WPR10LA104
WPR10LA104

HISTORY OF FLIGHT

On January 9, 2010, about 1308 Pacific standard time, an experimental weight-shift-control Airborne Streak 2, N155TD, collided with terrain near Lake Isabella, California. The pilot/owner was operating the airplane under the provisions of 14 Code of Federal Regulations (CFR) Part 91. The pilot, who did not possess a pilot certificate, and one passenger were killed; the airplane sustained substantial damage from impact forces. The local personal flight departed at an unknown time. Visual meteorological conditions prevailed, and no flight plan had been filed.

Several witnesses observed the airplane flying around during the morning. One described the airplane as buzzing the lake, and performing maneuvers that seemed to be dangerous. Estimates of the altitude varied between 300 and 500 feet above ground level (agl). One of them thought that the engine stopped, and another did not hear the engine. They all reported that they observed one wing folded up.

Another witness reported that a neighbor went up with the pilot the day before the accident, and the pilot did not use seat belts.

One witness observed the airplane performing aerobatic maneuvers like a stunt plane all day. The pilot appeared to be attempting to perform loops, and made numerous nose high and nose low maneuvers. The pilot would point the nose toward the ground, and then pull up at the last moment to a high nose up attitude. The witness estimated that the maximum altitude for all of the maneuvers was 300 feet above ground level. He thought that the airplane landed, and then returned and started maneuvering again.

The witness observed the airplane in level flight. The nose went down steeply 45-90 degrees, and then started going up. Just after the nose went above the horizon, the right wing folded up. The engine cut out, and the airplane started down in a free fall and began to spiral. He said that there were no birds or any other objects near the airplane when it went down.

PERSONNEL INFORMATION

A Federal Aviation Administration (FAA) inspector reported that the 31-year-old pilot did not hold a pilot certificate or aviation medical certificate.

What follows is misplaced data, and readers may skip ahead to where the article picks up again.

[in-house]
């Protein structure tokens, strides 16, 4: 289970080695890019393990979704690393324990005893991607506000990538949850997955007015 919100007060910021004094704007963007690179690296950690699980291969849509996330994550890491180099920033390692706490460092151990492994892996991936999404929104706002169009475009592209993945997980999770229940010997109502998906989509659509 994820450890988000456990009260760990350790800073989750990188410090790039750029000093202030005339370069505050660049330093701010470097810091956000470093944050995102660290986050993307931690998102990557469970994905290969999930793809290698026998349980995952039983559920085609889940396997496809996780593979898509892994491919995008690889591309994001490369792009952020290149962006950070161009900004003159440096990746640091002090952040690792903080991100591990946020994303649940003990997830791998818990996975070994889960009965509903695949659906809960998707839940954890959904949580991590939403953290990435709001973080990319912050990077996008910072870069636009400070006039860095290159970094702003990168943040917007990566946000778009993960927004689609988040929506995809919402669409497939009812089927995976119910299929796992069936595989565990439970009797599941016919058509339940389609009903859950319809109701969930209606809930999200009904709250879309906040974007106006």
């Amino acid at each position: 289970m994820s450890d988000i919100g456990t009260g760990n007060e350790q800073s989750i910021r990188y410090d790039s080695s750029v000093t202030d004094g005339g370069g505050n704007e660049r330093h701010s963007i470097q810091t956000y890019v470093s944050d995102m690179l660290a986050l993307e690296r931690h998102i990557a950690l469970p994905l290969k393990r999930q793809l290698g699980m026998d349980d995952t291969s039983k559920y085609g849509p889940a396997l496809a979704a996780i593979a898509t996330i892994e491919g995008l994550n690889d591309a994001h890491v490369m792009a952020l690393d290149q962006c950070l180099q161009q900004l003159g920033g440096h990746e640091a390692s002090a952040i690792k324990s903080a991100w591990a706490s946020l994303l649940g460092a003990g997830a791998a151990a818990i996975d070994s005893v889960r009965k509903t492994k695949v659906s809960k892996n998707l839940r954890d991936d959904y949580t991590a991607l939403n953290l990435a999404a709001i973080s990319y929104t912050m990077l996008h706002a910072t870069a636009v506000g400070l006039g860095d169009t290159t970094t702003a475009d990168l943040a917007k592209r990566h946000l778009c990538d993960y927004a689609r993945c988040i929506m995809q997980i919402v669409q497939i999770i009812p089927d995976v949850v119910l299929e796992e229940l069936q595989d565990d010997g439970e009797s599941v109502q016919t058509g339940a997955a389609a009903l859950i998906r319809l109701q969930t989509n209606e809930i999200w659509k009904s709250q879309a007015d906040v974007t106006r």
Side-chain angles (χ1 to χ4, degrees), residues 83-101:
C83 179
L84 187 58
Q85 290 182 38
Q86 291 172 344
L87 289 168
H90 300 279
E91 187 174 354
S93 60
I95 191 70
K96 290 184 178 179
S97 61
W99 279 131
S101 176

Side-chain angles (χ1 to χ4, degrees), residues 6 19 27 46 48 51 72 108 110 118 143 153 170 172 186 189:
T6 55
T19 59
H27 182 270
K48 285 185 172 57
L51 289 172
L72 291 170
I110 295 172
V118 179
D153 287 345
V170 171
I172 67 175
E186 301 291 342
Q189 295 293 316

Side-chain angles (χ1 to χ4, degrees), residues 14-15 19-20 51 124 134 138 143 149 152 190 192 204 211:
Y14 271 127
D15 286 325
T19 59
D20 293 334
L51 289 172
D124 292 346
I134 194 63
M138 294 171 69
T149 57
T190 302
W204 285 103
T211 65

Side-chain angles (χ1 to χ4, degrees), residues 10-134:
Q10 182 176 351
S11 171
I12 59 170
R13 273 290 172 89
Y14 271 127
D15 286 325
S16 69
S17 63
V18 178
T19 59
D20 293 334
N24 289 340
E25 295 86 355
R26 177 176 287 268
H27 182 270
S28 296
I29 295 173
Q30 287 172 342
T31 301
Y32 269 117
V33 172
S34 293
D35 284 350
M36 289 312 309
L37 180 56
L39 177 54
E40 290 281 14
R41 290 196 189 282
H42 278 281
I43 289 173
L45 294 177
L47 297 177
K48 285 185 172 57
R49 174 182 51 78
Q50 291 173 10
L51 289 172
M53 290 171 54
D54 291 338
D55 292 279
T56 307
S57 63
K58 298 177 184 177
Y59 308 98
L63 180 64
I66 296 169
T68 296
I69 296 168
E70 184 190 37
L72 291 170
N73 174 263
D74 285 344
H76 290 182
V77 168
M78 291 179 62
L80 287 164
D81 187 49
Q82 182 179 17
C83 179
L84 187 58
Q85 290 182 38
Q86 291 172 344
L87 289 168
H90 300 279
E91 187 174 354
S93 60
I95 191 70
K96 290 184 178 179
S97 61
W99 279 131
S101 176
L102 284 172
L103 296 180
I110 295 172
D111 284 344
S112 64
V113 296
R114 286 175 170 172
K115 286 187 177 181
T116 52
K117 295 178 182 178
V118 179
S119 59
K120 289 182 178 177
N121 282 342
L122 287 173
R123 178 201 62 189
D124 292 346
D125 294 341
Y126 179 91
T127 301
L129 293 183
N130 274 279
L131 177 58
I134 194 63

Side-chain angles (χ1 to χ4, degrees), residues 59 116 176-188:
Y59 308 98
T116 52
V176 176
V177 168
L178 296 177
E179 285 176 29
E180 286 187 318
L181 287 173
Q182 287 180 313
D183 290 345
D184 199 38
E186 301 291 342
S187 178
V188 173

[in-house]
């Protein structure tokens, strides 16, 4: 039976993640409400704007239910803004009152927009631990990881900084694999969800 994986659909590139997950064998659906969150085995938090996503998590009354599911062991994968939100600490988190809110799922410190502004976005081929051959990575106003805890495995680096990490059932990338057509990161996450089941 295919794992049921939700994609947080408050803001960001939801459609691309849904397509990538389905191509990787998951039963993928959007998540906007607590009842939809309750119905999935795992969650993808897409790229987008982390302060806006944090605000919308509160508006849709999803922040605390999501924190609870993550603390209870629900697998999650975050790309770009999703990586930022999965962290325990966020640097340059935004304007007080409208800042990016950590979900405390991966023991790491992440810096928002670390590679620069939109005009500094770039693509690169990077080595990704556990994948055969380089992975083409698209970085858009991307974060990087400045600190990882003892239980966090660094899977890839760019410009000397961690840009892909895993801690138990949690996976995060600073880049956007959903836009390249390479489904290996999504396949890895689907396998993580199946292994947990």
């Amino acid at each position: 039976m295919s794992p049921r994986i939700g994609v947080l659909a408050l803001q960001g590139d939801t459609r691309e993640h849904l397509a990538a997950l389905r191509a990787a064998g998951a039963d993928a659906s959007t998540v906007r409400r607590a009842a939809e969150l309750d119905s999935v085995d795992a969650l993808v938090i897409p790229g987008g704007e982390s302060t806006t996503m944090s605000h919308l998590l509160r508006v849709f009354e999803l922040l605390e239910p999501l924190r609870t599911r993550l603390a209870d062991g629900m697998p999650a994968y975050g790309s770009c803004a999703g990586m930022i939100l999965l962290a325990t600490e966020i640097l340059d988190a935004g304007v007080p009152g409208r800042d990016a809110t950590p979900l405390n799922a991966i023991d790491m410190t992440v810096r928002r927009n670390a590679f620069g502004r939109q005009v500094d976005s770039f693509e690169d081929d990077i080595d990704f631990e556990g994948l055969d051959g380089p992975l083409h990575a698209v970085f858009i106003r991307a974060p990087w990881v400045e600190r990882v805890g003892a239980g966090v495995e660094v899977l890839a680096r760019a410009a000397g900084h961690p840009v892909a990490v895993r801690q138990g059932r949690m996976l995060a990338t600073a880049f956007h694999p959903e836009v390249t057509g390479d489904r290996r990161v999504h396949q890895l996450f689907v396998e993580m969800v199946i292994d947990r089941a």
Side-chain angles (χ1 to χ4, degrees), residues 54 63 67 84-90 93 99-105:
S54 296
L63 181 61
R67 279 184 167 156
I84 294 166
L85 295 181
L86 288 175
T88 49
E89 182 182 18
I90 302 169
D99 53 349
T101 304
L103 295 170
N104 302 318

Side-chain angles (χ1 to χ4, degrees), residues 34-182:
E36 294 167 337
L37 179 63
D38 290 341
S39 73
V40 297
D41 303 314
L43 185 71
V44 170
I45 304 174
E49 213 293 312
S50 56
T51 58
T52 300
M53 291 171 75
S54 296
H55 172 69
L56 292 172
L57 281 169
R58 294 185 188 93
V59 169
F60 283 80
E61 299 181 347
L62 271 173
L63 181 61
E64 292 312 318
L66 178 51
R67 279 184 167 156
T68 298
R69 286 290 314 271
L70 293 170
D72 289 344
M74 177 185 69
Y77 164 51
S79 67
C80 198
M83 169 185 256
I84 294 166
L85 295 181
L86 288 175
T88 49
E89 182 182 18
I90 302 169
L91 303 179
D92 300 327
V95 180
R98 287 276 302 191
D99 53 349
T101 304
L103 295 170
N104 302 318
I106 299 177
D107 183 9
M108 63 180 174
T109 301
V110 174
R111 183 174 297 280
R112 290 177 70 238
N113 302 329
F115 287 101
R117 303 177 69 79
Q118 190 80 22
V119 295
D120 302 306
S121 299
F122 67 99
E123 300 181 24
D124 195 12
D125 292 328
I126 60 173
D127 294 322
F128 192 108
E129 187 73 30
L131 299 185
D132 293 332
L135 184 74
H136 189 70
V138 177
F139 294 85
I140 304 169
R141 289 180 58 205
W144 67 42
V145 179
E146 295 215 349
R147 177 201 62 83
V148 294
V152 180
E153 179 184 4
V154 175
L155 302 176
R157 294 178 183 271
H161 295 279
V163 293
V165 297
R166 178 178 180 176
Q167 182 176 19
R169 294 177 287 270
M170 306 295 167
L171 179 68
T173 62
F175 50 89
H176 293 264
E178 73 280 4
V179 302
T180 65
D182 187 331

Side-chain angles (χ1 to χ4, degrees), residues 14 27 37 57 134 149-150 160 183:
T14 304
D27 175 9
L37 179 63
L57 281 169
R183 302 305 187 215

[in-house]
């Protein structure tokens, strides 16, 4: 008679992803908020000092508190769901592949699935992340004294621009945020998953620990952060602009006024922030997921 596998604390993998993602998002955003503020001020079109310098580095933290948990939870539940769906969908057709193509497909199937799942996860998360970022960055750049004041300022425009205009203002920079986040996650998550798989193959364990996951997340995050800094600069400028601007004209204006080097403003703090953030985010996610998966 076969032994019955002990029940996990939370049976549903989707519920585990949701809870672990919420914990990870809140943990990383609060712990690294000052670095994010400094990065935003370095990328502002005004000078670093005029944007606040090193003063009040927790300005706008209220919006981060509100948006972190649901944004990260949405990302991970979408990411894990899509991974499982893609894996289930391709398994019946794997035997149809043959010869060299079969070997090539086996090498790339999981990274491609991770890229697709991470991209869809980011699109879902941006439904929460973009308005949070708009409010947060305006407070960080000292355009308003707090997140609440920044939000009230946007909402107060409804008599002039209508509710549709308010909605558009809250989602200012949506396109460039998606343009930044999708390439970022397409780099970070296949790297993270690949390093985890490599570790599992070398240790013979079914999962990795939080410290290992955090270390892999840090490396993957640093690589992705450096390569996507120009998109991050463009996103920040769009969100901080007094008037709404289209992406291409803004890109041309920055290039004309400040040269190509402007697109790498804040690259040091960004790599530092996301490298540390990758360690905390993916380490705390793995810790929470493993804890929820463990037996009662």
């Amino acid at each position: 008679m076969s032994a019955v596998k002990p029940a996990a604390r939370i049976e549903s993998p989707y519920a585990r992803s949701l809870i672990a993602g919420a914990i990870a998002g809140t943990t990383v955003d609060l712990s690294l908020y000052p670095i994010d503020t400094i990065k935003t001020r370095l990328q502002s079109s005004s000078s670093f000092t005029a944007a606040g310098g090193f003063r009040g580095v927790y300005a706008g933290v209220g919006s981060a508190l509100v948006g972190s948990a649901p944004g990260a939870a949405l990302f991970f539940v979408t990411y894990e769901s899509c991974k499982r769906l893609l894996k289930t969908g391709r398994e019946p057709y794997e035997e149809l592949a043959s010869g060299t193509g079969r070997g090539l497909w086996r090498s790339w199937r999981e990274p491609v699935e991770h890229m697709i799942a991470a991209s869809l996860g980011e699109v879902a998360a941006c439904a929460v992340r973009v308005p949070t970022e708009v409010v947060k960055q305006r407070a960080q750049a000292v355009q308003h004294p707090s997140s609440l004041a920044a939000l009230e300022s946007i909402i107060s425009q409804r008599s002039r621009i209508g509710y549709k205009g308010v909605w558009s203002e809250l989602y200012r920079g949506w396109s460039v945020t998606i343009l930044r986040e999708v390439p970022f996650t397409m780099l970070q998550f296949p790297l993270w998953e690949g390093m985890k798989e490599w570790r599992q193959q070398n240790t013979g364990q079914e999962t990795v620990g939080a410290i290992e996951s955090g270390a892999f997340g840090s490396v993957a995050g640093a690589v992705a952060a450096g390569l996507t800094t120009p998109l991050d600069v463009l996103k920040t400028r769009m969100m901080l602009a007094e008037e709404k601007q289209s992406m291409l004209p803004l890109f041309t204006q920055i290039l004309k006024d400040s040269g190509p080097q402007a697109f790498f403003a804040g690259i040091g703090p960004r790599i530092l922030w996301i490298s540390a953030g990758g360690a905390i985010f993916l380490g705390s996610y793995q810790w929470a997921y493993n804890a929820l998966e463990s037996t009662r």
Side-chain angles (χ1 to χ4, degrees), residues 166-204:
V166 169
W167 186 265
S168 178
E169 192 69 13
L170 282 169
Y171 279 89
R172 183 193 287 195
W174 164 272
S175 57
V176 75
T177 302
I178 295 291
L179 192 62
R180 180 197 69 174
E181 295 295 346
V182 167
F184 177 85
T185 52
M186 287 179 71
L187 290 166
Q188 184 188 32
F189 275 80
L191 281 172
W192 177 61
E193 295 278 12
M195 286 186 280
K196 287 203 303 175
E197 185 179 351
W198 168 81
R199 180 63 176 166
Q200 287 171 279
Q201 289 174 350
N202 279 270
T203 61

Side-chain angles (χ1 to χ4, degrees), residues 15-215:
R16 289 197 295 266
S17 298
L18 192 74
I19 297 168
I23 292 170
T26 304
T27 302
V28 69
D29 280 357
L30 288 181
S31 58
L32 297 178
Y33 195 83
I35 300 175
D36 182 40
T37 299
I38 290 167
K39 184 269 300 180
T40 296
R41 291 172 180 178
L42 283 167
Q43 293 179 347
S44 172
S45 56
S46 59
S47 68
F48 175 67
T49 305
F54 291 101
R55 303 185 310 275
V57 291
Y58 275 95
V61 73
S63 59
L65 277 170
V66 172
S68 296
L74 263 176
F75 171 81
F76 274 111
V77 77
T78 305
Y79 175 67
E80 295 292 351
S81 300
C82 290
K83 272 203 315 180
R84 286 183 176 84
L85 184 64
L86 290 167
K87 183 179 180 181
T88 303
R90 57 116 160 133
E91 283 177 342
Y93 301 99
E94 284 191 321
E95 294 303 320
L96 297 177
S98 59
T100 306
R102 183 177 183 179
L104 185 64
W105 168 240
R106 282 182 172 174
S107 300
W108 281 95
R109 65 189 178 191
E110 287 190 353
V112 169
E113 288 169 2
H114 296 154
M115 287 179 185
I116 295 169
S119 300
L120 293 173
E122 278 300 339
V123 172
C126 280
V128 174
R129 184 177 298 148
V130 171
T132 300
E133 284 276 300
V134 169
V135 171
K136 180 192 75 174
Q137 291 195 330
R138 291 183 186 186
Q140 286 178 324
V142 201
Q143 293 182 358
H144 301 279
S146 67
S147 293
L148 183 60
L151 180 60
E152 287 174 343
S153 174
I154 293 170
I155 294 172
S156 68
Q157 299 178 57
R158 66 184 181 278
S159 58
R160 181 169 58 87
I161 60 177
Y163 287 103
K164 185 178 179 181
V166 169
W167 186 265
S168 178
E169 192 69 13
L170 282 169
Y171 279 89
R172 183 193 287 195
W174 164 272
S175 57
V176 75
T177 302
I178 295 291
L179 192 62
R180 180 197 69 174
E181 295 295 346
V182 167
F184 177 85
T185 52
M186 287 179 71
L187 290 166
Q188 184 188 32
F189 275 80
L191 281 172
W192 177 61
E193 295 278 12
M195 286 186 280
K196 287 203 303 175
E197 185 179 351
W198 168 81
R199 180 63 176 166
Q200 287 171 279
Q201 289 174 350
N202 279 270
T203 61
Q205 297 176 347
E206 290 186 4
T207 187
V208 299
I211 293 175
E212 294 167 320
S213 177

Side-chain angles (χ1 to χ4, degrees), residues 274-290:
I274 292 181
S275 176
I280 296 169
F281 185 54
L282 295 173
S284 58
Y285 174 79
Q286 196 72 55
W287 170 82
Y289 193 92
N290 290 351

AIRCRAFT INFORMATION

The airplane was an experimental Airborne Streak 2, serial number ST261; the engine was a Rotax 582DCDI. No logbooks or maintenance records for the airframe or engine were recovered.

The FAA provided an application for an airworthiness certificate dated July 19, 2007; the application was not made by the accident pilot, who was the current owner. The form indicated that the airplane had a total time of 235 hours. The FAA issued an airworthiness certificate of August 19, 2007.

Issued with the airworthiness certificate were experimental operating limitations for light sport aircraft. Item 15 of the operating limitations noted that this airplane was prohibited from aerobatic flight. The limitations described this as an intentional maneuver involving an abrupt change in the airplaneā€™s attitude, an abnormal attitude, or abnormal acceleration not necessary for normal flight. Item 16 provided four options regarding the minimum pilot certificates that would be acceptable to act as the pilot-in-command (PIC) of this type of airplane.

WRECKAGE AND IMPACT INFORMATION

Several FAA inspectors examined the wreckage at the accident site. They indicated that the wing spar buckled near the forward point where the tubular spar attached to the wing keel. The spar was partially flattened, and the fracture surface was angular and jagged.

They established control continuity for all flight controls. The pilot did not appear to be wearing a seat belt; one side of the lap belt was tucked in at the left side of the seat.

MEDICAL AND PATHOLOGICAL INFORMATION

The Kern County Coroner completed an autopsy. The FAA Forensic Toxicology Research Team, Oklahoma City, Oklahoma, performed toxicological testing of specimens of the pilot. They did not perform tests for carbon monoxide or cyanide.

The report contained the following findings for tested drugs: 0.12 (ug/ml, ug/g) amphetamine detected in liver; 0.07 (ug/ml, ug/g) amphetamine detected in kidney; 0.026 (ug/ml, ug/g) diazepam detected in liver; 0.628 (ug/ml, ug/g) methamphetamine detected in liver; 0.408 (ug/ml, ug/g) methamphetamine detected in kidney; 0.064 (ug/ml, ug/g) Nordiazepam detected in liver; 0.037 (ug/ml, ug/g) Nordiazepam detected in kidney; Tetrahydrocannabinol (Marihuana) detected in lung; Tetrahydrocannabinol Carboxylic Acid (Marihuana) detected in lung; Tetrahydrocannabinol Carboxylic Acid (Marihuana) detected in liver; and Tetrahydrocannabinol Carboxylic Acid (Marihuana) detected in kidney.

The report contained the following findings for volatiles: 12 (mg/dL, mg/hg) ethanol detected in muscle; there was no ethanol detected in the brain. The report stated that the ethanol found in this case was from sources other than ingestion.

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